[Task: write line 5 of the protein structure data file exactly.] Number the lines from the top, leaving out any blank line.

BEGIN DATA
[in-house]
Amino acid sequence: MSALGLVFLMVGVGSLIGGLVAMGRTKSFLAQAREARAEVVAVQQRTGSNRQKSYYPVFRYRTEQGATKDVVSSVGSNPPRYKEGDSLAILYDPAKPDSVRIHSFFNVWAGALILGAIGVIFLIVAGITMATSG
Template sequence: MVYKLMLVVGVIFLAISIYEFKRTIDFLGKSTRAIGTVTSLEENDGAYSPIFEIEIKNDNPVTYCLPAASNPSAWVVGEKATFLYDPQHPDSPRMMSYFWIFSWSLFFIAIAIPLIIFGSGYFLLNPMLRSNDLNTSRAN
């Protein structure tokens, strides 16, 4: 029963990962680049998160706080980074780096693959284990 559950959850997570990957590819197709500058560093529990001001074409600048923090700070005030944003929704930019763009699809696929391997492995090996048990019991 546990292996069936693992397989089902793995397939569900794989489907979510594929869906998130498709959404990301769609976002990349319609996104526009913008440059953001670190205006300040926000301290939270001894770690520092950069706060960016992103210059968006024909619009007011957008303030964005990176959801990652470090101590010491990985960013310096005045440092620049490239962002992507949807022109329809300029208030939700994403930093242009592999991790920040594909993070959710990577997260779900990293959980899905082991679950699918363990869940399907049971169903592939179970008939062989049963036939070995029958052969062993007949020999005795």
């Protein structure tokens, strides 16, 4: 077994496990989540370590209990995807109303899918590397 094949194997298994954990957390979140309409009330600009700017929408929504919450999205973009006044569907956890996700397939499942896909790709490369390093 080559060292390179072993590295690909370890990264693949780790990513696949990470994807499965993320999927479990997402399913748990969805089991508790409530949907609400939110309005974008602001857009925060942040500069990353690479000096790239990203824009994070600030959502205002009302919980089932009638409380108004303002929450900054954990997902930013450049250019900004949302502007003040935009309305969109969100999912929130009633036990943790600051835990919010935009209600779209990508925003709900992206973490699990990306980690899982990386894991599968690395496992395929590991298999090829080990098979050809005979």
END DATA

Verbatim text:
């Protein structure tokens, strides 16, 4: 077994496990989540370590209990995807109303899918590397 094949194997298994954990957390979140309409009330600009700017929408929504919450999205973009006044569907956890996700397939499942896909790709490369390093 080559060292390179072993590295690909370890990264693949780790990513696949990470994807499965993320999927479990997402399913748990969805089991508790409530949907609400939110309005974008602001857009925060942040500069990353690479000096790239990203824009994070600030959502205002009302919980089932009638409380108004303002929450900054954990997902930013450049250019900004949302502007003040935009309305969109969100999912929130009633036990943790600051835990919010935009209600779209990508925003709900992206973490699990990306980690899982990386894991599968690395496992395929590991298999090829080990098979050809005979």